Planner’s interface is great for generating new ideas. Users can research relevant phrases and words to their site (as was familiar in the Keyword Tool), by landing page or by product category.
By putting a landing page into Planner it will scan and produce keywords that are most relevant to that page. This is also a great way to research competitors and their particular landing pages.
Planner also has thousands of pre-defined keywords that users can choose from if they enter their product category.
PPC buffs will also be happy with the huge depth of filtering options on offer to them. Marketers can filter keywords according to their average Cost Per Click (CPC), the keyword’s competition, its estimated search volume and much more besides.
Deeper research, reviews and estimates
Keyword Planner also lets you target language, network, countries and more to make sure your keywords are relevant to both your website and target audience.
Planner also saves keywords to the ‘Your Plan’ section whilst you’re looking at other keywords instead of the old method of saving results in the Keyword Tool and pasting them into Traffic Estimator.
Keyword Planner also allows marketers to get detailed custom estimates for their AdWords campaigns. A number of factors determine the costs of a PPC campaign and the CPC of keywords including your bid, location, budget and more.
Keyword Planner can give daily estimates for impressions, clicks, average ad positions and more, before giving marketers the option to download their plans in a number of different formats.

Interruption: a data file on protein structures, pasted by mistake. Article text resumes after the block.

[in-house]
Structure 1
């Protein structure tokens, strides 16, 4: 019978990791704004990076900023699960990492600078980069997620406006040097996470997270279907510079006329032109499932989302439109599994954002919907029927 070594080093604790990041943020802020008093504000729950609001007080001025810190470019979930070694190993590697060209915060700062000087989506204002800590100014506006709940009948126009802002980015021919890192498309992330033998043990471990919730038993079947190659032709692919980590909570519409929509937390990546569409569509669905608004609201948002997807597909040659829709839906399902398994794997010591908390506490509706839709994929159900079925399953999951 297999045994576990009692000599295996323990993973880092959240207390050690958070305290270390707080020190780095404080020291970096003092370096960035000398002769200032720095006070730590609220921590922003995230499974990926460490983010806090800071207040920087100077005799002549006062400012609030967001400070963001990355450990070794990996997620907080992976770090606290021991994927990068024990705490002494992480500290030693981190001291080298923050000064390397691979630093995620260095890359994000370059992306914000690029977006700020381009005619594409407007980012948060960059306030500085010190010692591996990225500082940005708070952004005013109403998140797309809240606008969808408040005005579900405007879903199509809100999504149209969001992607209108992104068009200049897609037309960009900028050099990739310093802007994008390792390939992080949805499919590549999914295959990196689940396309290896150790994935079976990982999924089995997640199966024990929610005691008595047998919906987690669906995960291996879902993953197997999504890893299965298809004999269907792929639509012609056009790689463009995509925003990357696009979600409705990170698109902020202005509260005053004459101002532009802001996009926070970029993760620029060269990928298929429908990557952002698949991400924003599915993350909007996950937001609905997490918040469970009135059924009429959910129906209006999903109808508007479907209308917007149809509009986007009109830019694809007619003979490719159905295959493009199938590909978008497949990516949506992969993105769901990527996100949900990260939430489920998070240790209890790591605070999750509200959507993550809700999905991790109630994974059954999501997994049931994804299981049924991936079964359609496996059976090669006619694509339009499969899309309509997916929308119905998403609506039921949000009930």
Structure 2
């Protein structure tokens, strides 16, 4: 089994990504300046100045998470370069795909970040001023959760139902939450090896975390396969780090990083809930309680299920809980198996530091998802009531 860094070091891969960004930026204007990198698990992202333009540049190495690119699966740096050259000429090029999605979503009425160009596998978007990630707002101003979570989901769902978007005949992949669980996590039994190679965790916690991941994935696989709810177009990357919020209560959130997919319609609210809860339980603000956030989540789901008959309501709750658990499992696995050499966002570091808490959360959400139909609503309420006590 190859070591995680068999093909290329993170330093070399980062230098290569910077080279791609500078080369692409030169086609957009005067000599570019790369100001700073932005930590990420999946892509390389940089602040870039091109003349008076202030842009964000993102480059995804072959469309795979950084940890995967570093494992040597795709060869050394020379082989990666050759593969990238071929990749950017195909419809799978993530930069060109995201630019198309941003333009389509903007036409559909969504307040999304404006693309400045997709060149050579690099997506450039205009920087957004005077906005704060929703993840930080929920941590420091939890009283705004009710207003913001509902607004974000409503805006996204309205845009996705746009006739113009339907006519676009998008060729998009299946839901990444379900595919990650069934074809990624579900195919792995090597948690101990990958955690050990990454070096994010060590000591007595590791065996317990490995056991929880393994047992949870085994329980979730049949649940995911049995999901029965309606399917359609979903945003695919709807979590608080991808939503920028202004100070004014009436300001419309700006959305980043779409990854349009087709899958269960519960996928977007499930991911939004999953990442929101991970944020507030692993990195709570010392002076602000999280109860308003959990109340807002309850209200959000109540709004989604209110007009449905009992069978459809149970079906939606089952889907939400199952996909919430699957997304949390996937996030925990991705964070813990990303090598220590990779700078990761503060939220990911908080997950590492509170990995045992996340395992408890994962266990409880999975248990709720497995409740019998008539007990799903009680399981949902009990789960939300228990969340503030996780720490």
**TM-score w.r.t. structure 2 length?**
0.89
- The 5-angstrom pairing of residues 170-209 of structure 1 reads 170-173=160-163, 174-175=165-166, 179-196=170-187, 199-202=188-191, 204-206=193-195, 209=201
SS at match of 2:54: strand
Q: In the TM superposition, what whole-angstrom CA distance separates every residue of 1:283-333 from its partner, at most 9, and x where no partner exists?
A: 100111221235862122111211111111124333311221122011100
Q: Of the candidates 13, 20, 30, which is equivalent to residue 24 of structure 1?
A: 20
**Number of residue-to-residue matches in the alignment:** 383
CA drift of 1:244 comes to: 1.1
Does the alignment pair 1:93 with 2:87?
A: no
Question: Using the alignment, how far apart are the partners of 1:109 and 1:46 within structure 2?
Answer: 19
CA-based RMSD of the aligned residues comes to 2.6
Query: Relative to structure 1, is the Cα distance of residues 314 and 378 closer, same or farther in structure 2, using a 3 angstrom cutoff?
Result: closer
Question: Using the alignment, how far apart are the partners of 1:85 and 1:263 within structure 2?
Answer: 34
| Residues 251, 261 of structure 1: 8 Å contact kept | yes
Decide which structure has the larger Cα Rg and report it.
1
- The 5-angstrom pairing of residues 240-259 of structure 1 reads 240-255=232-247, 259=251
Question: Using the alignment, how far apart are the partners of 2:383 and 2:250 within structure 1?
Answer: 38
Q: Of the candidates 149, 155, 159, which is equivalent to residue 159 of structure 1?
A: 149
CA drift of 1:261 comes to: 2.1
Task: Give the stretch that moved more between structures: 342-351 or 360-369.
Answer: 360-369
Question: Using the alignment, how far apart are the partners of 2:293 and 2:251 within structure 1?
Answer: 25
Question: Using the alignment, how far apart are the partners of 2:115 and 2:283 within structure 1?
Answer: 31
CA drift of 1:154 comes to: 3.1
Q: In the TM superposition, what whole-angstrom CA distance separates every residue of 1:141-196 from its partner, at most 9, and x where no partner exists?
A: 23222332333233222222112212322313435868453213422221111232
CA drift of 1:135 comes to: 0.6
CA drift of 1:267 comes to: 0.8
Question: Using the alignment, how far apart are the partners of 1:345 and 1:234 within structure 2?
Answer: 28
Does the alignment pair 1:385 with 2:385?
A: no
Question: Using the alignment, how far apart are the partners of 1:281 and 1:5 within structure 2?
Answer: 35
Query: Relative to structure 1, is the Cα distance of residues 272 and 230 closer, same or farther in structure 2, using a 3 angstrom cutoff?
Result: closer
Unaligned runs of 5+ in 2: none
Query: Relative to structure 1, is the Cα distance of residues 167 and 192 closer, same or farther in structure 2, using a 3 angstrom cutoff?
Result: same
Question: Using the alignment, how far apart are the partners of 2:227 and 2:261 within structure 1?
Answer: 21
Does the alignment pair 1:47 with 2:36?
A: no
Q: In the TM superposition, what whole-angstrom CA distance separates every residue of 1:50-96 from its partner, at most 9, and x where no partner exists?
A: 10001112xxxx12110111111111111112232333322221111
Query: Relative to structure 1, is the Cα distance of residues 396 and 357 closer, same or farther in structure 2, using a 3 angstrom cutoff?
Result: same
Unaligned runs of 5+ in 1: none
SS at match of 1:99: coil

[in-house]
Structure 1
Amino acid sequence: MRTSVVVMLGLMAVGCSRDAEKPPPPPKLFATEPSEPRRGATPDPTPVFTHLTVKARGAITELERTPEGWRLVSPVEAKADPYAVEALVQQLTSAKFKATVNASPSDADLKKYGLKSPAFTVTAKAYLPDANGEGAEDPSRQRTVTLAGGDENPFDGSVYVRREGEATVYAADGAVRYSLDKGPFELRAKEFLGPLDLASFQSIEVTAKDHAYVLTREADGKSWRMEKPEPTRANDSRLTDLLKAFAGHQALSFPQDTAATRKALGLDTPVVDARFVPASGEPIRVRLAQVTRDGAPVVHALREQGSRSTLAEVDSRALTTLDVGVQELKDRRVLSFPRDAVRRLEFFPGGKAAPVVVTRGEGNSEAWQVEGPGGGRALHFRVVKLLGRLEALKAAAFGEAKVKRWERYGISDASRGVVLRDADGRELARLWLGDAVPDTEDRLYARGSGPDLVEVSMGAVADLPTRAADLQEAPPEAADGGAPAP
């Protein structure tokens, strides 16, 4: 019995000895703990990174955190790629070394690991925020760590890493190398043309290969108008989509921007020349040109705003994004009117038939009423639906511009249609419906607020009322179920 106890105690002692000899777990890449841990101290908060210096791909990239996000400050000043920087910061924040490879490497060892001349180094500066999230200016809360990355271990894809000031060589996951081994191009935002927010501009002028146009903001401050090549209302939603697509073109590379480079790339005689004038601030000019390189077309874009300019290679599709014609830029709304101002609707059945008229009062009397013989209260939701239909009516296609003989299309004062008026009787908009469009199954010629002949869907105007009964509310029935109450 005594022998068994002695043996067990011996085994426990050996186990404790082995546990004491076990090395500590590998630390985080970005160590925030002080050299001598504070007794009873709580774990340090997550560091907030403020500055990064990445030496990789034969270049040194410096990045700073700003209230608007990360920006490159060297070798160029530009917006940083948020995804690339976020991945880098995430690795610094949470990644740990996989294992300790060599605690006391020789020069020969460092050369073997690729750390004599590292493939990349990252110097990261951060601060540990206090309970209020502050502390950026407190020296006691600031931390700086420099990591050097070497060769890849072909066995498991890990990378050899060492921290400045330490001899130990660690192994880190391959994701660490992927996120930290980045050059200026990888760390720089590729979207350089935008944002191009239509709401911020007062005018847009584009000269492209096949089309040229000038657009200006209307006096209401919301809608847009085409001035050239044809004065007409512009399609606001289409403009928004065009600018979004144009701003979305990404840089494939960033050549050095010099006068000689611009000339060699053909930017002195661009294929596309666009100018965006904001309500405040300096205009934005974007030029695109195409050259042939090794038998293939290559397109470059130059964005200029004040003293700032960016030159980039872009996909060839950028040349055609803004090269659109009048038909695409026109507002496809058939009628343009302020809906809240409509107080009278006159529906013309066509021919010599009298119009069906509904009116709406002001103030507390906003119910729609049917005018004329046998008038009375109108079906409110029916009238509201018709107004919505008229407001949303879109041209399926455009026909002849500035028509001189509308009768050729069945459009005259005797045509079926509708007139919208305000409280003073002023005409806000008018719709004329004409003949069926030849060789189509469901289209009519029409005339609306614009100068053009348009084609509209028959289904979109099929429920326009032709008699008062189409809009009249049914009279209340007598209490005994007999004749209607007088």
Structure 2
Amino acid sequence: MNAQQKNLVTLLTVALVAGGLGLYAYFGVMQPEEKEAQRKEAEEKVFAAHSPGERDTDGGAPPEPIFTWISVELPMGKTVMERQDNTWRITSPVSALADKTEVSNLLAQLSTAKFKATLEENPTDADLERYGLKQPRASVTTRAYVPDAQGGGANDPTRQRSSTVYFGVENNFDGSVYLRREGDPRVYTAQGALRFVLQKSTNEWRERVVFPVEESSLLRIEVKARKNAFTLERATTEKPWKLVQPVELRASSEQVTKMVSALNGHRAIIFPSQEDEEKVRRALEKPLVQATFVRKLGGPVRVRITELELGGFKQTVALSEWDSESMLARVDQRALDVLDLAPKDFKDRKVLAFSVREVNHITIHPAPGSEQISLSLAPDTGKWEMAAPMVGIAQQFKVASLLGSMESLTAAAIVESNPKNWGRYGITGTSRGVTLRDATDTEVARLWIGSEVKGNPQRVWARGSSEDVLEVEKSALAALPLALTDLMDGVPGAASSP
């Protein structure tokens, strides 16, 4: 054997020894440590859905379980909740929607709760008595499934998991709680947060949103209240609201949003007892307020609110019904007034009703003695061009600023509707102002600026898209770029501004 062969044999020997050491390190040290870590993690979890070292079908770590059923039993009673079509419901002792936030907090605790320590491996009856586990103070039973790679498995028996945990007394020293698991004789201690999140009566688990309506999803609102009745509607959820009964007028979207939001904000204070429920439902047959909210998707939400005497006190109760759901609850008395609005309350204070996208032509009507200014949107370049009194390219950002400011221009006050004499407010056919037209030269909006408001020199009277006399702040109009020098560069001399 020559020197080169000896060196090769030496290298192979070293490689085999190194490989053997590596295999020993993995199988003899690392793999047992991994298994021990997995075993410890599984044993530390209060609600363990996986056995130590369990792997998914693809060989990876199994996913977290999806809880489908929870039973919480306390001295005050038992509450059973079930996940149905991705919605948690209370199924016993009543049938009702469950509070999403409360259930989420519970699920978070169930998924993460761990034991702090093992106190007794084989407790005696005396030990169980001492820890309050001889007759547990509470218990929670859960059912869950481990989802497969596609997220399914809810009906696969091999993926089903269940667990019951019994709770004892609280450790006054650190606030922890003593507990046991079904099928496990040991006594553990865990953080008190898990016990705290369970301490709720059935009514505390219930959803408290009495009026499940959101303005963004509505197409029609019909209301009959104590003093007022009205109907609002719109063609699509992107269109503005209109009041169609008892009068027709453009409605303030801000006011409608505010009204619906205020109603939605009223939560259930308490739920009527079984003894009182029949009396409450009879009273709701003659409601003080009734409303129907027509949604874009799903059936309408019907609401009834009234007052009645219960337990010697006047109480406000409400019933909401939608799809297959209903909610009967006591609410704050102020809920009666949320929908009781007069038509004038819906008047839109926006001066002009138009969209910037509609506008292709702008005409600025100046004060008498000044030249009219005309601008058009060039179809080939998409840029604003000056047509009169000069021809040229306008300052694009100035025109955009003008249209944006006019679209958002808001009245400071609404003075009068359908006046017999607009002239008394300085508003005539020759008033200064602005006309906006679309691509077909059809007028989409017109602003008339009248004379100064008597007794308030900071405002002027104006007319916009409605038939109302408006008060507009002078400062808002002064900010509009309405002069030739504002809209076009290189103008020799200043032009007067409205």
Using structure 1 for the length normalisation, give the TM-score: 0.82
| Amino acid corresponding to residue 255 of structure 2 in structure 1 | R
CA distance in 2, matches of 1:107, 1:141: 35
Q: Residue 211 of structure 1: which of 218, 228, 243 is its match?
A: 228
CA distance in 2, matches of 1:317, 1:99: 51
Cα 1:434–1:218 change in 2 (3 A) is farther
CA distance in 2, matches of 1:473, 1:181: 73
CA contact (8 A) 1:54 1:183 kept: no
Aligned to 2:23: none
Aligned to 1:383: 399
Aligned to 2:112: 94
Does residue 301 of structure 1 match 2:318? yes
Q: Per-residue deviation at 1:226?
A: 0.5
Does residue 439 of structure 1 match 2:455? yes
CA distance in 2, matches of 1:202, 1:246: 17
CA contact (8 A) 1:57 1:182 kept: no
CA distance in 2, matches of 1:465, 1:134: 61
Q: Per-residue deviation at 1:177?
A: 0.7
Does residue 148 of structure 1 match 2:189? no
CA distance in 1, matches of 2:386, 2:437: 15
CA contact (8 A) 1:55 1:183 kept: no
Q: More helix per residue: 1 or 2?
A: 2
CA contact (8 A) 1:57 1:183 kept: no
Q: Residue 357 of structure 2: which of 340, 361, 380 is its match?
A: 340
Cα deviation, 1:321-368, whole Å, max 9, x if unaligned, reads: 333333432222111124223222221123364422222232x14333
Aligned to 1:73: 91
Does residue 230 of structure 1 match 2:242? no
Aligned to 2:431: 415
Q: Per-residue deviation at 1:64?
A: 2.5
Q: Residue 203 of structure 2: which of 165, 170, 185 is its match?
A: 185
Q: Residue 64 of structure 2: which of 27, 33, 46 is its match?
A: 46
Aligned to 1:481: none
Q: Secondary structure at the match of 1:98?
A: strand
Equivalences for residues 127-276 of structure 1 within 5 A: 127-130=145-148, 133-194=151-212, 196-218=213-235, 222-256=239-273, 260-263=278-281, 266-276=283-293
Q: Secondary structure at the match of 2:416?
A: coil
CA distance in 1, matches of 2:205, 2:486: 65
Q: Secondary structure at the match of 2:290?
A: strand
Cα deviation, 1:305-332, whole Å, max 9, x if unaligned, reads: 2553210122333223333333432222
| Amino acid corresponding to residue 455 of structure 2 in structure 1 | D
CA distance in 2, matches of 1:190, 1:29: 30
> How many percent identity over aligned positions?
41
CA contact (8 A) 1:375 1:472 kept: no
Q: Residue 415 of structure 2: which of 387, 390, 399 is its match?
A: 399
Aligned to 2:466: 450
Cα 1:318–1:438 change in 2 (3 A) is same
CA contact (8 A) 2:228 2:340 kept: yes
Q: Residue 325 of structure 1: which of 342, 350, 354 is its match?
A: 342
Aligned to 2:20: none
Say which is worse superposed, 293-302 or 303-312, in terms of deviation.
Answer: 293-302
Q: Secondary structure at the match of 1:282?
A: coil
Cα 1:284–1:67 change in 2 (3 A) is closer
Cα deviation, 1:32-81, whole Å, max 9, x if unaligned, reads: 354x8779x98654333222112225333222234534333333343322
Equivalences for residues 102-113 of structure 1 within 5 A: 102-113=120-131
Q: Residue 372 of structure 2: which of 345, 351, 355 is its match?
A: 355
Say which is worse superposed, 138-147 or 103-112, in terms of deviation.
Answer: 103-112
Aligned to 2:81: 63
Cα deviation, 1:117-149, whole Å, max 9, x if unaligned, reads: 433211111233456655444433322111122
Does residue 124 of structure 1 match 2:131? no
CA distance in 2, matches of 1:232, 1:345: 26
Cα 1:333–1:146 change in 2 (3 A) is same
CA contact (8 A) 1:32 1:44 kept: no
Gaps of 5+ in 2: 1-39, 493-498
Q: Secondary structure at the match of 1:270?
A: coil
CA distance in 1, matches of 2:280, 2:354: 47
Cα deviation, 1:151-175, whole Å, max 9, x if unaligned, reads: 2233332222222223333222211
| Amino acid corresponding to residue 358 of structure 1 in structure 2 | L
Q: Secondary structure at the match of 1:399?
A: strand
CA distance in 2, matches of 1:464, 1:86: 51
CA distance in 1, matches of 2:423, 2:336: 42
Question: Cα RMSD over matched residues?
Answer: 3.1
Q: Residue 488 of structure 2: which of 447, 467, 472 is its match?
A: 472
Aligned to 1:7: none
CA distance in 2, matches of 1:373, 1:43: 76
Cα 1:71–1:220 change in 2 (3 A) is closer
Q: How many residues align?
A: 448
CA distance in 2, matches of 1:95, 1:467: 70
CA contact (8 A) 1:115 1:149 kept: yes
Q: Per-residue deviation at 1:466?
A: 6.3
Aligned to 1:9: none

It’s also easy for marketers to upload previous keyword lists if they have masses of data available from previous campaigns. Marketers can also get estimates for these campaigns, whether old or new.
Multiplying keyword lists is also a fantastic option in Keyword Planner, especially for retail sites that have a number of products to sell.
Three keyword lists can be moulded together to cover as many keyword options as possible, although this option may not be as accurate as previous options.
So, for example, List 1 can contain genders, List 2 can be keywords based on colours and List 3 can focus on items of clothing (kids blue jackets, for instance) giving a huge breadth of keyword research options.
The Webpresence verdict
Change is never easy, but change should always be expected and embraced when it comes to online marketing and SEO.
From our initial play with Planner we enjoy it and can see what Google is trying to achieve and how its new features can potentially really enhance an overall search campaign.
But it’ll also take some getting used to (thanks in part to Google’s habit of updating things at short notice). Overall I think it’s a positive step in the right direction not just for SEO in general, but for marketers serious about making a real difference for client campaigns.
To find out more about keywords and how a positive search campaign can help your website contact us today!
(Images: Searchenginejournal, Wordstream)